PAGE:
A shutdown offers a rare opportunity to get up close and personal with some of the equipment that is ordinarily off limits. Make the most of this by getting in there with your camera, taking pictures, recording measurements, inspecting refractory depths, etc. This is also a great chance for your personnel to be trained in the operation of equipment and to gain a fuller understanding of what exactly is going on inside these huge pieces of equipment that they usually only have the opportunity to know through a computer screen. Make a point of planning this in, rather than thinking of it as ‘something to do if we get the time’, as the experience gained will pay dividends in the future.

The benefits of a well thought-out maintenance stoppage are fairly obvious, but sometimes it’s hard to define the process that will get you there. If you need any help with the planning or with undertaking a plant shutdown, give JAMCEM Consulting a call. Our team of experts has hands on experience planning and managing maintenance outages in plants all over the world and we’ll be happy to help.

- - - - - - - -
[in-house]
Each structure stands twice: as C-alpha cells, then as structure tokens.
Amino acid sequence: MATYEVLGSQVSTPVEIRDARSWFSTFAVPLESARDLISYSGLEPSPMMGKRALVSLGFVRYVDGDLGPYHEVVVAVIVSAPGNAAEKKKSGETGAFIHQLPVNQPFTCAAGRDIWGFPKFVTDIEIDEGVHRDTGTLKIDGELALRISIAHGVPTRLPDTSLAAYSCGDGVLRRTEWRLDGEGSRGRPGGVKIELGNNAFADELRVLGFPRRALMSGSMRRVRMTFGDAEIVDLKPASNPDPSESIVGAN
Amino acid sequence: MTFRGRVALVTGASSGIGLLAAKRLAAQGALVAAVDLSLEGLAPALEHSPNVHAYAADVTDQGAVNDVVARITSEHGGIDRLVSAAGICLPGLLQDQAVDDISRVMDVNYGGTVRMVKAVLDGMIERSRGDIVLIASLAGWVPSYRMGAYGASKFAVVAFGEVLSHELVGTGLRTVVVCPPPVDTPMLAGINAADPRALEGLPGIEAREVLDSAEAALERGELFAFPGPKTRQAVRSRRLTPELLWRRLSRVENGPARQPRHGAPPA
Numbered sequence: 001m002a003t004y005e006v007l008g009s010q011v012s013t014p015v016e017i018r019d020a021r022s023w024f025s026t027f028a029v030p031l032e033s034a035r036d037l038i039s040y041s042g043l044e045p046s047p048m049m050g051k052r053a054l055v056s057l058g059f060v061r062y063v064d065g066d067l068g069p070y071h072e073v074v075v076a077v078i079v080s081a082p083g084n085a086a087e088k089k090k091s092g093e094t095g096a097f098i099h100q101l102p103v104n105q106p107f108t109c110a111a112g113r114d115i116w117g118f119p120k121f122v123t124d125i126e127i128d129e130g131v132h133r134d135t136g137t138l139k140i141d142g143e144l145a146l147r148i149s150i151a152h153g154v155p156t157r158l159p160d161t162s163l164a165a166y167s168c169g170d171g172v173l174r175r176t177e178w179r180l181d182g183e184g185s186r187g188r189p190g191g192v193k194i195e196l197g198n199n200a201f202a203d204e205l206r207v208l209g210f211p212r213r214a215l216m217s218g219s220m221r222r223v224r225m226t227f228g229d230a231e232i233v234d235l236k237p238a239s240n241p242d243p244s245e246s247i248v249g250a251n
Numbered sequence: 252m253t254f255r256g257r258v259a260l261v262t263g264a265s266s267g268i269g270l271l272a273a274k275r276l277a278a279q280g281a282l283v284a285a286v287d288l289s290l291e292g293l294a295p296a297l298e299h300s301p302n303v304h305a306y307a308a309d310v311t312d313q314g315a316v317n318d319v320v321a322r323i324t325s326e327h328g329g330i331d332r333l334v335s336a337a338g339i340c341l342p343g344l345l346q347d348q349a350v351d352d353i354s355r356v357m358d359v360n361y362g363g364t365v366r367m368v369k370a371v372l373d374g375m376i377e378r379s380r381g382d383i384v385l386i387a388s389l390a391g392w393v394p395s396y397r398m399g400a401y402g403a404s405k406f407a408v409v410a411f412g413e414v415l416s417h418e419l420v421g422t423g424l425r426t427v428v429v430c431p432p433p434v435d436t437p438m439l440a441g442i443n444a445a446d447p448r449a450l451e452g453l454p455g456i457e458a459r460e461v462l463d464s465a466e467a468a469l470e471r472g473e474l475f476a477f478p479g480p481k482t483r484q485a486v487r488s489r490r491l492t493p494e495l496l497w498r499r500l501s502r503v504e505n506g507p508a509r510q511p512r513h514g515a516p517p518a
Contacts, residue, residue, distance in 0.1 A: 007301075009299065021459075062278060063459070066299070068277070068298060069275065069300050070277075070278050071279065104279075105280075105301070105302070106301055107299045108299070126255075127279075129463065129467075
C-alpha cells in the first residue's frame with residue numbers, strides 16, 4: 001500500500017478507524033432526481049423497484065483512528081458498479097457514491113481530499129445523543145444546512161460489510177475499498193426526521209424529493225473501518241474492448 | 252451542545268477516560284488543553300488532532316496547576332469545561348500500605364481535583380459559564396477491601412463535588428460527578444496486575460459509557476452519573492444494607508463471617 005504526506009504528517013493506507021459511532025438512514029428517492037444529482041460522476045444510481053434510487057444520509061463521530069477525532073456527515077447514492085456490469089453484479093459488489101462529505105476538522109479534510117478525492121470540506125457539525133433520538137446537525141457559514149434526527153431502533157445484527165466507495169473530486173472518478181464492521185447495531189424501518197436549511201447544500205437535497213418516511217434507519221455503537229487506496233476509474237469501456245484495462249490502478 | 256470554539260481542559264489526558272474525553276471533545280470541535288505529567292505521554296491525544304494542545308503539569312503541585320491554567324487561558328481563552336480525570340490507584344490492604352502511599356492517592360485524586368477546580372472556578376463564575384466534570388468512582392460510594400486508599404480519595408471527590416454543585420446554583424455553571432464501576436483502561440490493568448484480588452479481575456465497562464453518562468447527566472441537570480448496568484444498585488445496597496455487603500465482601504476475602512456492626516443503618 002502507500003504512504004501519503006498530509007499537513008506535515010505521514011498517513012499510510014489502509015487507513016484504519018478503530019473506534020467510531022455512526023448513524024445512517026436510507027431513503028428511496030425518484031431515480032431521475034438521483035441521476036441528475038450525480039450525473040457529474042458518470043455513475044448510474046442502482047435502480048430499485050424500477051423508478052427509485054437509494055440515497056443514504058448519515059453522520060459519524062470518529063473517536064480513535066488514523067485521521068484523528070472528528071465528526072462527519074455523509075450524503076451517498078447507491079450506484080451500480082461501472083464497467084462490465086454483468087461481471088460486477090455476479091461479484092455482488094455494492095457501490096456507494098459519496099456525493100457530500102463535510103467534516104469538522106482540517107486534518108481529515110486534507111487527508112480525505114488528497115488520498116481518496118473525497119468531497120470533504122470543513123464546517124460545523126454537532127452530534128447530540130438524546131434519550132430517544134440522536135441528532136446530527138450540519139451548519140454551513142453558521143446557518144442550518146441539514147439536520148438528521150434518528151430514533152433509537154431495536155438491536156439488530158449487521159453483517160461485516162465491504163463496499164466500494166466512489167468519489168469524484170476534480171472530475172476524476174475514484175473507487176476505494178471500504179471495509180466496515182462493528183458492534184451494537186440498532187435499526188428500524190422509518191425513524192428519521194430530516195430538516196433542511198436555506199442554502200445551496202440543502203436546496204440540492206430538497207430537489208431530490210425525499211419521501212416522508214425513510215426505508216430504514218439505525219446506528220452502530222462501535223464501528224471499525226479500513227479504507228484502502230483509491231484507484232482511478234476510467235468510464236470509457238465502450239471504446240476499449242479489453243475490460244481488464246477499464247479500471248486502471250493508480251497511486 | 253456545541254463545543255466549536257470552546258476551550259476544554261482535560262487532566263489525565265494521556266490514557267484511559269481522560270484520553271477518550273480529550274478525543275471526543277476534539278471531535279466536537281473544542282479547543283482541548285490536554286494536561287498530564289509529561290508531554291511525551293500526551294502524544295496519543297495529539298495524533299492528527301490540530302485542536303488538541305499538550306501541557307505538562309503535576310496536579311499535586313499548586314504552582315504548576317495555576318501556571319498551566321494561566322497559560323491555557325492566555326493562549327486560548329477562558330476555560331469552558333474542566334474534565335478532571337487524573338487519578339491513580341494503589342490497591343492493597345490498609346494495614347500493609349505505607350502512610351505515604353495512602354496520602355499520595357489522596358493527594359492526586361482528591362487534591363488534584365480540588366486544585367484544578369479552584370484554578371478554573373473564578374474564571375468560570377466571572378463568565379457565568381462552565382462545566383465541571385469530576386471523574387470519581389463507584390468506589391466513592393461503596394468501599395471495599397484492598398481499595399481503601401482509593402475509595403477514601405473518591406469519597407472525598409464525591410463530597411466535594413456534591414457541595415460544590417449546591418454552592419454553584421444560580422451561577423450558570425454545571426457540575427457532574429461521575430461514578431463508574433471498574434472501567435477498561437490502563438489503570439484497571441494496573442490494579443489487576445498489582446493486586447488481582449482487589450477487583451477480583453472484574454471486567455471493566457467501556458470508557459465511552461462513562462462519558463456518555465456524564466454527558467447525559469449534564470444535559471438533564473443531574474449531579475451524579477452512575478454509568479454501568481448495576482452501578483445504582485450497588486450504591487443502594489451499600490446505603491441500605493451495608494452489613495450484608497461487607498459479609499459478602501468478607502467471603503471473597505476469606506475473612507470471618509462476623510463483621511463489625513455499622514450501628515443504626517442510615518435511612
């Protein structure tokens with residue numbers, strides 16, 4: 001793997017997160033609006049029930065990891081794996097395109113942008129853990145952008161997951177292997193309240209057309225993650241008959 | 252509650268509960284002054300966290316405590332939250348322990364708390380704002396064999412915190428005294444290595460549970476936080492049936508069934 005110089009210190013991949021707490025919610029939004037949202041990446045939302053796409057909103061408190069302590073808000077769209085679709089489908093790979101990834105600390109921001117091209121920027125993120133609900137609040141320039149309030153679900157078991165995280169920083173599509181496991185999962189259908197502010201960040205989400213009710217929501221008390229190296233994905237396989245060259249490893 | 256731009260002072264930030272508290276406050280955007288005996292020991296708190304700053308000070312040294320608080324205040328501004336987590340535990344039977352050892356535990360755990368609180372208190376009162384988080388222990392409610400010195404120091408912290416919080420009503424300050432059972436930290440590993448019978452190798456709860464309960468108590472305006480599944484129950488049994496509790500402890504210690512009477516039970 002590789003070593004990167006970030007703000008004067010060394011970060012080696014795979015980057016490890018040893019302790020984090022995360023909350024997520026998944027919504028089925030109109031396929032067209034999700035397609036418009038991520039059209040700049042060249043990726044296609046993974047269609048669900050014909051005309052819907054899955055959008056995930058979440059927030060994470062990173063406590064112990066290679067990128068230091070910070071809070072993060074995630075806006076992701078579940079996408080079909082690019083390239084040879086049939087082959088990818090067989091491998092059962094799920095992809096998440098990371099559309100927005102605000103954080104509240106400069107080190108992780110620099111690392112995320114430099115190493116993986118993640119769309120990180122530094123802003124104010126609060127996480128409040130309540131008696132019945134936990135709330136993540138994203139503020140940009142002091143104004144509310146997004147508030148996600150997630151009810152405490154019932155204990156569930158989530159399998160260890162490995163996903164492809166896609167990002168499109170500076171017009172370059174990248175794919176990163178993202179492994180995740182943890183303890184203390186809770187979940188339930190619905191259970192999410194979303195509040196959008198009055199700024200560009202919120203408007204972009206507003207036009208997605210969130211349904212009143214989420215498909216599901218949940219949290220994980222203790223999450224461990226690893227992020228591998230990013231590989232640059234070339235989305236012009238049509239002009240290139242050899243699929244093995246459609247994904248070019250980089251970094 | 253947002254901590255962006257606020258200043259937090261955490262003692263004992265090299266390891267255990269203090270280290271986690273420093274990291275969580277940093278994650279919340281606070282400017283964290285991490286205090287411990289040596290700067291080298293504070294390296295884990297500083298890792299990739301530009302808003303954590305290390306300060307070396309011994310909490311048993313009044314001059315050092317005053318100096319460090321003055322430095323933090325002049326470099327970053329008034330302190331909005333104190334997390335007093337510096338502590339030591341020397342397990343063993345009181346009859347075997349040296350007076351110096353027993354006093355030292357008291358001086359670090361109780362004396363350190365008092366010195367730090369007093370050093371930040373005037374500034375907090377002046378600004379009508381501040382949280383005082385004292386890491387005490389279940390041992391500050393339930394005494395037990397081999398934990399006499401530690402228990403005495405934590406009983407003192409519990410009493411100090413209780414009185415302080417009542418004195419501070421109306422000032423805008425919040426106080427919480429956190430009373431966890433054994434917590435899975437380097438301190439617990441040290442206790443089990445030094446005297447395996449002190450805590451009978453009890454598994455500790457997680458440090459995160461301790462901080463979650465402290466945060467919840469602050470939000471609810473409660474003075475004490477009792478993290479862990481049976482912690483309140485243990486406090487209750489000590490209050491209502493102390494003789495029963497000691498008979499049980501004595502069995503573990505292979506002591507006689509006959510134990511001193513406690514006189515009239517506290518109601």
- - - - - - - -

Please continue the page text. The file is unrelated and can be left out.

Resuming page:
The short-term benefits of an O&M agreement are pretty clear. You’re starting your plant operations with a readymade team of experts, who are driven to prove their value and – if your O&M contractor is also your equipment provider – your investment in their technology. But what about the long-term? What kind of advantages and disadvantages can you expect from your O&M agreement?

Benefits of an O&M contract

- Readymade employees

Training an employee up to standard can take months if not years. The benefits of kicking off a project with employees that are “good to go” cannot be overstated. The successful operation of a plant depends on the experience of the people running it.

- No expenditure on staff training

An associated benefit of readymade employees is that you don’t have to spend either money or time training them, either now or in the future.